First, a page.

Sino-Persian Exchange Along the Silk Road

What do the words for “lion” (狮子shīzi), “spinach” (菠菜bōcài), and “grape” (葡萄 (pútáo) all have in common in Chinese? They all derive, directly or indirectly, from either Persian roots or are otherwise etymologically or conceptually linked to Iran. Just how far back can ties between ancient China and early Iranian societies in Central Asia be traced?

Sino-Iranian relations go back to at least to 126 BCE, when Han official Zhang Qian traveled to Bactria and Sogdiana. Sogdia and Bactria were Iranian civilizations centered around Samarkand and modern Afghanistan. The overthrow of the Greco-Bactrian state by the 月氏 (Yuèzhī, also called the Tocharians) in 125 CE marks the first historical event noted by both Chinese and European records. Zhang Qian also brought China knowledge of Parthia, which he called Anxi (安息) after the first Parthian king of the Arsacid dynasty, Aršak. Although he did not directly visit, Qian clearly identifies Parthia as an advanced urban civilization.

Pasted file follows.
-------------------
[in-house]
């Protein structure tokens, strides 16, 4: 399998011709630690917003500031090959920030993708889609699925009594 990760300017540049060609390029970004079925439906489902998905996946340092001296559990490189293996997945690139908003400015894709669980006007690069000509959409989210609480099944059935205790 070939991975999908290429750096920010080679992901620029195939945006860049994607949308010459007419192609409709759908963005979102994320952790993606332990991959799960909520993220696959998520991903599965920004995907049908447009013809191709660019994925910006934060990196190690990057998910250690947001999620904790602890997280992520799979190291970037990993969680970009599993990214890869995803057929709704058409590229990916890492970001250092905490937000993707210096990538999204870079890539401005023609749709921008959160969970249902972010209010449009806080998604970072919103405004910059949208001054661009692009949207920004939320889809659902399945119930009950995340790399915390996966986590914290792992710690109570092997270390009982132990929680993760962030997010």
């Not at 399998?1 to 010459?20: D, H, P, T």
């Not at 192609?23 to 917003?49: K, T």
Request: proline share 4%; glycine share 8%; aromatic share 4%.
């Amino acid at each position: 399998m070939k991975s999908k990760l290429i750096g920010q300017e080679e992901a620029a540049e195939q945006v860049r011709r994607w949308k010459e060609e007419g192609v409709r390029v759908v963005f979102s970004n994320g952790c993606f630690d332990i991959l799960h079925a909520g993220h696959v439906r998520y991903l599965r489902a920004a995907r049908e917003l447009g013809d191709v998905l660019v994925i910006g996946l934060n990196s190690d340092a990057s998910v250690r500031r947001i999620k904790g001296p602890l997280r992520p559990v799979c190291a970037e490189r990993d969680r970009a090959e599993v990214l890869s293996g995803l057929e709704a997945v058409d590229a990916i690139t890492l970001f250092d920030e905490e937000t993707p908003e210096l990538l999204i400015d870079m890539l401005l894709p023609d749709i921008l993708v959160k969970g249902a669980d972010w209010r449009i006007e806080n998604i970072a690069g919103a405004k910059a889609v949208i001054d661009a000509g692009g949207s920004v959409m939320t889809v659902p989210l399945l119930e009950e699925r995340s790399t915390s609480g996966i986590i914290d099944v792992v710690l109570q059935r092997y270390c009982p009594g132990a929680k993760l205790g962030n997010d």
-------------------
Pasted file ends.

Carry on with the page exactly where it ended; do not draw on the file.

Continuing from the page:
Zhang Qian’s route in orange

The purpose of Qian’s journey was to seek allies against hostile nomads, and upon his return he convinced the Han emperor of the value of increased contacts with these highly urbane and developed civilizations. This helped stimulate the development of early Silk Road trade. As China expanded into Central Asia and replaced the Xiongnu as regional hegemons by 1st century BCE, they enjoyed close relations with the Iranian states of the Tarim Basin, especially Khotan, Kashgar, and Yarkand.